Proximity shouldn’t make a difference — should it? We were on a beach on the European side of the Mediterranean, it was a beautiful late August day, and I felt so happy. The sea was fresh, the sky was clear and a stiff breeze was whipping white horses out past the headland.
‘Rough weather for migrants,’ I thought, then checked myself. What an awful thing to think. There really would be migrants out there somewhere over the horizon; desperate people; people who, had they been visible to me — were they, Heaven forbid, to start coming ashore — would have turned my perfect day into a day of torment.
But I couldn’t see them, and my perfect day continued unspoiled but for the slightest tickle of disquiet. Do I not have a right be happy, though others are drowning and I might be able to help them? Surely I do. They aren’t drowning here. I cannot see them.
Yet this cannot be so. Can my inability actually to see any desperate migrants throw some internal switch from Personal Moral Crisis to All’s Well? Or, to put it more analytically, how does an individual’s moral responsibility vary according to distance: distance not just geographically but in terms of social, family or national obligation?
We know that the answer lies somewhere between ‘completely’ and ‘not at all’ but cannot be located at either of those two extremes. You can rule out ‘no variation at all’ because it is simply impossible that you or I could feel toward every migrant on the shores or waves of the Mediterranean the same obligation we hold towards members of our close family. We could not function as moral beings if we felt equally beholden to all; as if every tolling bell really did toll for me.
But you can rule out ‘varies completely’, too, because our obligations towards those migrants cannot be set at zero. We wouldn’t wince at the television pictures if that were so. If those people’s fate was of no consequence at all to us, the coldly rational course would be to throw all of them into the sea, thus providing a disincentive for others to follow, and so end the nuisance. You or I would not advocate that, and those who pretend to believe it are simply posturing. All civilised humans, even the flintiest, believe there is some residual obligation to complete strangers.
So because the moral reach radiates outward in concentric circles from self at the core, to family, to friends, to community, to nation, to all humanity at the perimeter, we can agree that the command each successive ring can make upon our sense of personal duty weakens with distance from the centre but never entirely disappears. Scope for disagreement lies in how fast we may think it weakens, and where the critical mileposts are placed. There is room for disagreement, too, on the role played by chance: how far do we believe (as to some degree we all believe) that what fate throws in our path — the injured Samaritan you encounter by the wayside — can arouse an obligation?
I think I’ve fairly set out the terrain. But here’s the remarkable thing. Our Christian religion gives us — those of us who are Christians — almost no help in navigating it.
I say ‘our’ Christian religion because, though an atheist, I accept that my morality — and to a considerable degree what we call western morality — is anchored in a Christian culture. Whether or not we ourselves believe in God, we’ve all soaked up the ethical teachings.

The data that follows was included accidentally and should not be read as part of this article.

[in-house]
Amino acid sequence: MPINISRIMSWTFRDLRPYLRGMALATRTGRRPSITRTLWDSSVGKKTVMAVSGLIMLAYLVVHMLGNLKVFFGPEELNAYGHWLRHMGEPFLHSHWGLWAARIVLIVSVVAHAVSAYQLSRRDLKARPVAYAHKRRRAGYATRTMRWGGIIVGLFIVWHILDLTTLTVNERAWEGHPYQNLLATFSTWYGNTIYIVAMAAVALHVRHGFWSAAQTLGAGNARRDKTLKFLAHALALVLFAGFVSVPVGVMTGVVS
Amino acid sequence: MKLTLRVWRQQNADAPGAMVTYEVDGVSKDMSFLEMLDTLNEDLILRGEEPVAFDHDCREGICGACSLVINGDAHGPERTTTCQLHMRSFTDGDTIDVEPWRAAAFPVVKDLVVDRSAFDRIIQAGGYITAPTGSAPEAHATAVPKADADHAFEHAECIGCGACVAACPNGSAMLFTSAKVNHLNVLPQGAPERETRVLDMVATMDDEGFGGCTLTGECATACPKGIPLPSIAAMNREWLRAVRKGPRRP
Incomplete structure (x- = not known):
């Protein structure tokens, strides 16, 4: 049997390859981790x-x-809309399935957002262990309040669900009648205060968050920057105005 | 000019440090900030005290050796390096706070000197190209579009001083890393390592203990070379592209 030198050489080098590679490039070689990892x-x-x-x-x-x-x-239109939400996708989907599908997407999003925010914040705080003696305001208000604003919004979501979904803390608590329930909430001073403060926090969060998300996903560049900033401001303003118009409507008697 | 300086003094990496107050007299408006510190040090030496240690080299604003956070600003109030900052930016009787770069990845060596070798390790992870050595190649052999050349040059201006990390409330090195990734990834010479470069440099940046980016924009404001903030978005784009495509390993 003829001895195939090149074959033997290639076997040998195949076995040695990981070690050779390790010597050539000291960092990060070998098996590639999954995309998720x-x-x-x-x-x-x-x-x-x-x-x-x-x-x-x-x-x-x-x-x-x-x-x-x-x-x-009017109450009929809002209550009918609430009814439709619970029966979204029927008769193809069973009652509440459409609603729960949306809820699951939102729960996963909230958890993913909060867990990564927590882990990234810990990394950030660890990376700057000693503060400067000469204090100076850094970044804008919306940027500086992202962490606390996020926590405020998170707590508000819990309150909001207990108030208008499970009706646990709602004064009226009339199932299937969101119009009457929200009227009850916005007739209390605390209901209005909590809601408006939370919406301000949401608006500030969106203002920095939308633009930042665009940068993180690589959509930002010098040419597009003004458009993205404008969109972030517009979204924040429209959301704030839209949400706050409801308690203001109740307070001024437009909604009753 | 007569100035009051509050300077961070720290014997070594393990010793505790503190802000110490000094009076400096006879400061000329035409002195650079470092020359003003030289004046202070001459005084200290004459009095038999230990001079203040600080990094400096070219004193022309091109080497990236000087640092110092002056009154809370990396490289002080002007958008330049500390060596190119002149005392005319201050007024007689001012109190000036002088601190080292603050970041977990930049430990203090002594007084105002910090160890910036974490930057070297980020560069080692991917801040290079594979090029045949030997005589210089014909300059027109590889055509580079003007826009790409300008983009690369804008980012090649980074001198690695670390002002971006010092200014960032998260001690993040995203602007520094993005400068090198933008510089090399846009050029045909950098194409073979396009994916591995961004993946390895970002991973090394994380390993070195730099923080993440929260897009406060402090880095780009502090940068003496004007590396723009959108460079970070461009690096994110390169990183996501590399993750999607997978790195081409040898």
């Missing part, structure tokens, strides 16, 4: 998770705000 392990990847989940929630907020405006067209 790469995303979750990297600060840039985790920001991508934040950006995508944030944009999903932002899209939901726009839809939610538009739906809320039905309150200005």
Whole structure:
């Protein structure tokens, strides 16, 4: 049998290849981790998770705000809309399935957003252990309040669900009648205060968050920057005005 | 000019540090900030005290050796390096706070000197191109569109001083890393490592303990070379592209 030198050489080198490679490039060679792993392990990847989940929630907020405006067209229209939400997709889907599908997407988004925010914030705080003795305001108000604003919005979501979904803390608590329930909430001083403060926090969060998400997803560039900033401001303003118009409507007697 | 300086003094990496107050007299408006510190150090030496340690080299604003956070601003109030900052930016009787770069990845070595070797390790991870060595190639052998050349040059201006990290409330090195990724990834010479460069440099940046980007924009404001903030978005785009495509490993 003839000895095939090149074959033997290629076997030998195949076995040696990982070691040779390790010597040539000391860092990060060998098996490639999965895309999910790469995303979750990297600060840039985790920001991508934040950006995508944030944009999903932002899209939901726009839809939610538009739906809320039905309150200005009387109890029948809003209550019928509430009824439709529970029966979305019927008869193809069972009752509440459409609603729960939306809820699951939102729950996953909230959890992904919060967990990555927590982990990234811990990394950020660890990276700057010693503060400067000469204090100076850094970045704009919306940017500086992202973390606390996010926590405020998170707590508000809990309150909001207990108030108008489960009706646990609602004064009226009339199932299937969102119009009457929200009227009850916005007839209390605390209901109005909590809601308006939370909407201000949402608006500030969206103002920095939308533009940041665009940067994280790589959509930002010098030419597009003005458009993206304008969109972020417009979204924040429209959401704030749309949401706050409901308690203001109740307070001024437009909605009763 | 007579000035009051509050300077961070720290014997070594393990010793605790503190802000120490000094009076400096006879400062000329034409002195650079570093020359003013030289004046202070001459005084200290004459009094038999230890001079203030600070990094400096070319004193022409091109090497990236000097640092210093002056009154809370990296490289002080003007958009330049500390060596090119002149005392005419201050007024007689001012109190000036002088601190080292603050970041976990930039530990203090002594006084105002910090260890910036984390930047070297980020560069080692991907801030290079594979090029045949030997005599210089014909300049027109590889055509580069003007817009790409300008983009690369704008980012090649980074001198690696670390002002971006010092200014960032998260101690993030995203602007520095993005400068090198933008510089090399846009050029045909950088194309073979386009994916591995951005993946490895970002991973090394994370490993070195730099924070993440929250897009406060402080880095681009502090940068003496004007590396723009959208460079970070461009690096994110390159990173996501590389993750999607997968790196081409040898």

And they’re useless. ‘Do unto others as you would that they would do unto you’ is, like ‘Love your neighbour as yourself’, either impossible or circular. Circular if it means ‘Act towards others as you think they should act towards you,’ because this leaves open the question of how you think people should act, and would permit a cannibal to eat another cannibal. If, however, the commandment means ‘Treat others as it would please you to be treated by them,’ then the precept is impossible because you’d give all your money to the first beggar you encountered. We’d all be off to Calais to try to smuggle migrants in our car boots.
Christianity (as represented by the Gospels) is all but silent — extraordinarily so — on the question of familial obligation. There is some evidence that Christ was impatient with family, and none that these were ties He wanted to reinforce. As to ‘community’, the parable of the good Samaritan suggests a certain impatience here, too. As to nation, I find ‘Render unto Caesar…’ an evasive answer, because it does not assist our understanding of which things ‘those things that are Caesar’s’ might be.
If, as I believe, the main difficulty that faces us in deciding moral duty is the difficulty of prioritising, then Christianity is profoundly unhelpful.
As an undergraduate just starting out on my chosen subject of moral sciences, I remember being shocked by a lecturer (I hate to speculate that it was Bernard Williams but I think it was) who told us airily that agonising ethical dilemmas were the stuff of philosophy lectures, but did not occur much in ordinary life. I thought and think that absolute rubbish. Literally millions of people across Britain have, over the past few months, been torn and distressed by the question of what ‘we’ should do about the migrants crossing the Mediterranean. I believe this has quite seriously spoiled peace of mind for many. Going further, I’d say this does not arise from baulking at a duty we know we owe, but from deep and genuine doubt as to what our duty is.
I’ll go even further. If I really knew my duty I would try diligently to do it; and there are millions like me. We’re ready. But we’re honestly, mightily, daily confused about what we ought to do.